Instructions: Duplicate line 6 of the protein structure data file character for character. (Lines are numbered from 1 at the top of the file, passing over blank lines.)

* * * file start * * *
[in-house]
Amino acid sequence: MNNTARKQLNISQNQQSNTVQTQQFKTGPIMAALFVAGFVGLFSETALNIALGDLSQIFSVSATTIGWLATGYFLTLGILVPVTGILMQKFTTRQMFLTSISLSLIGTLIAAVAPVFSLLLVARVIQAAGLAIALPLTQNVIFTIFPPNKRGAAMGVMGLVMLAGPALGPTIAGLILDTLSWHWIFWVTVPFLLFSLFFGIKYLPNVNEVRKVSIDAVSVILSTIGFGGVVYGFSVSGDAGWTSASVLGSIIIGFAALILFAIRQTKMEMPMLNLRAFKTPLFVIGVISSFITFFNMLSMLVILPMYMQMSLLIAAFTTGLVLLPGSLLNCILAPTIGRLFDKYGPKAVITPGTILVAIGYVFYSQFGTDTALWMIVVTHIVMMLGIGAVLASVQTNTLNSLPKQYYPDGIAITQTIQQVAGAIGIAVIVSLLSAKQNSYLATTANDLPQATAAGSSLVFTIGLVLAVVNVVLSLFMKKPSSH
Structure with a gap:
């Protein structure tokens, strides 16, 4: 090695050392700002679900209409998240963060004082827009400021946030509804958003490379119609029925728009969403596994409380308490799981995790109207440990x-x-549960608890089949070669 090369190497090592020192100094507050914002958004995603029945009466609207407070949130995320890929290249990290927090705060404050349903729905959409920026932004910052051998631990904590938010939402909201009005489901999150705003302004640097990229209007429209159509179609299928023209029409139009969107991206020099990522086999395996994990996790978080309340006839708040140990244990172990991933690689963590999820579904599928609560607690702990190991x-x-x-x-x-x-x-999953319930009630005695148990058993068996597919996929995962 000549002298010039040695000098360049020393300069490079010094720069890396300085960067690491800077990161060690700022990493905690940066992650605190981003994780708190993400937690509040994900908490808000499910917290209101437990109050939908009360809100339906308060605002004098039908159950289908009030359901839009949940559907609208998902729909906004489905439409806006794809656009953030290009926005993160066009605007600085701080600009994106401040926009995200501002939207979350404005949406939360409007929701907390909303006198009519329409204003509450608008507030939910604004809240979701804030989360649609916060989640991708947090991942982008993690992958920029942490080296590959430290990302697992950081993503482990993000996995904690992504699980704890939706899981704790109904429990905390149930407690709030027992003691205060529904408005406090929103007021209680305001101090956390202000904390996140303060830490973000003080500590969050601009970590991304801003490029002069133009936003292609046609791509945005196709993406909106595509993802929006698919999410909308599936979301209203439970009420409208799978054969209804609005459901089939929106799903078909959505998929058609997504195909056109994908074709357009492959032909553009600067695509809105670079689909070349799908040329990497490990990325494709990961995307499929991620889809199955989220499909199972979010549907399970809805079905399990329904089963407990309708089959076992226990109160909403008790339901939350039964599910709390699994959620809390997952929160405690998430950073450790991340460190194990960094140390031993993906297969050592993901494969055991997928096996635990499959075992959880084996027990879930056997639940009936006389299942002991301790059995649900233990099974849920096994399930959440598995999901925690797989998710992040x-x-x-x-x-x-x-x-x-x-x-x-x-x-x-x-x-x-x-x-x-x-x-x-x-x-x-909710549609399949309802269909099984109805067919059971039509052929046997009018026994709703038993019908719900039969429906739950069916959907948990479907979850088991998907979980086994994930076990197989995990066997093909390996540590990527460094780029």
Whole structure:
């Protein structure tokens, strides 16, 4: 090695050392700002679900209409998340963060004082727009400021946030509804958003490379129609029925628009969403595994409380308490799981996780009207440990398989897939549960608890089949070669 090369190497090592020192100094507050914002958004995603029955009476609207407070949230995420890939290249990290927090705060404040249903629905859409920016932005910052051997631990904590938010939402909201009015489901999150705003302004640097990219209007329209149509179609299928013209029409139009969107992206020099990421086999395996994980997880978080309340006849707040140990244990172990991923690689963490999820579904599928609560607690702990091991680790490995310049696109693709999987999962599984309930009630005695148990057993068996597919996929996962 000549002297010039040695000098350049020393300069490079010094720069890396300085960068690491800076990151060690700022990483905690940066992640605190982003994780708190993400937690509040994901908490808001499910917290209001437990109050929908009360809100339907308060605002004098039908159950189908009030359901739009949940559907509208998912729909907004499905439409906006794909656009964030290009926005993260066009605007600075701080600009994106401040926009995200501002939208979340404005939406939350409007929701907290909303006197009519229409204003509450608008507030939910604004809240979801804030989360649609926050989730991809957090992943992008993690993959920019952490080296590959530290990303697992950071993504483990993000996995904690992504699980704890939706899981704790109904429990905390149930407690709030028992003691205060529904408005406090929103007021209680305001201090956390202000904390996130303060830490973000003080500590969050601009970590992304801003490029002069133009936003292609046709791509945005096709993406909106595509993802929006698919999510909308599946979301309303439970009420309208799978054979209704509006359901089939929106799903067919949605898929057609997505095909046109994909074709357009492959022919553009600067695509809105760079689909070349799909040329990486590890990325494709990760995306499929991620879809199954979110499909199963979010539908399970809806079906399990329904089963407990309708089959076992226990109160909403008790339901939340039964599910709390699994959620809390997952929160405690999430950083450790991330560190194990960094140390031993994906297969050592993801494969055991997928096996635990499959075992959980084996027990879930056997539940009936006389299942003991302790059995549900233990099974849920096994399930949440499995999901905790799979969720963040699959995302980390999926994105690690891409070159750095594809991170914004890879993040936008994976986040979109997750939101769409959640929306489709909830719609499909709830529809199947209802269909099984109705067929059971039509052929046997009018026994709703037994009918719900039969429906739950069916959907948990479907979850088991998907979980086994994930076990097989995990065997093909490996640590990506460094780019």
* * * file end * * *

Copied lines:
């Protein structure tokens, strides 16, 4: 090695050392700002679900209409998340963060004082727009400021946030509804958003490379129609029925628009969403595994409380308490799981996780009207440990398989897939549960608890089949070669 090369190497090592020192100094507050914002958004995603029955009476609207407070949230995420890939290249990290927090705060404040249903629905859409920016932005910052051997631990904590938010939402909201009015489901999150705003302004640097990219209007329209149509179609299928013209029409139009969107992206020099990421086999395996994980997880978080309340006849707040140990244990172990991923690689963490999820579904599928609560607690702990091991680790490995310049696109693709999987999962599984309930009630005695148990057993068996597919996929996962 000549002297010039040695000098350049020393300069490079010094720069890396300085960068690491800076990151060690700022990483905690940066992640605190982003994780708190993400937690509040994901908490808001499910917290209001437990109050929908009360809100339907308060605002004098039908159950189908009030359901739009949940559907509208998912729909907004499905439409906006794909656009964030290009926005993260066009605007600075701080600009994106401040926009995200501002939208979340404005939406939350409007929701907290909303006197009519229409204003509450608008507030939910604004809240979801804030989360649609926050989730991809957090992943992008993690993959920019952490080296590959530290990303697992950071993504483990993000996995904690992504699980704890939706899981704790109904429990905390149930407690709030028992003691205060529904408005406090929103007021209680305001201090956390202000904390996130303060830490973000003080500590969050601009970590992304801003490029002069133009936003292609046709791509945005096709993406909106595509993802929006698919999510909308599946979301309303439970009420309208799978054979209704509006359901089939929106799903067919949605898929057609997505095909046109994909074709357009492959022919553009600067695509809105760079689909070349799909040329990486590890990325494709990760995306499929991620879809199954979110499909199963979010539908399970809806079906399990329904089963407990309708089959076992226990109160909403008790339901939340039964599910709390699994959620809390997952929160405690999430950083450790991330560190194990960094140390031993994906297969050592993801494969055991997928096996635990499959075992959980084996027990879930056997539940009936006389299942003991302790059995549900233990099974849920096994399930949440499995999901905790799979969720963040699959995302980390999926994105690690891409070159750095594809991170914004890879993040936008994976986040979109997750939101769409959640929306489709909830719609499909709830529809199947209802269909099984109705067929059971039509052929046997009018026994709703037994009918719900039969429906739950069916959907948990479907979850088991998907979980086994994930076990097989995990065997093909490996640590990506460094780019």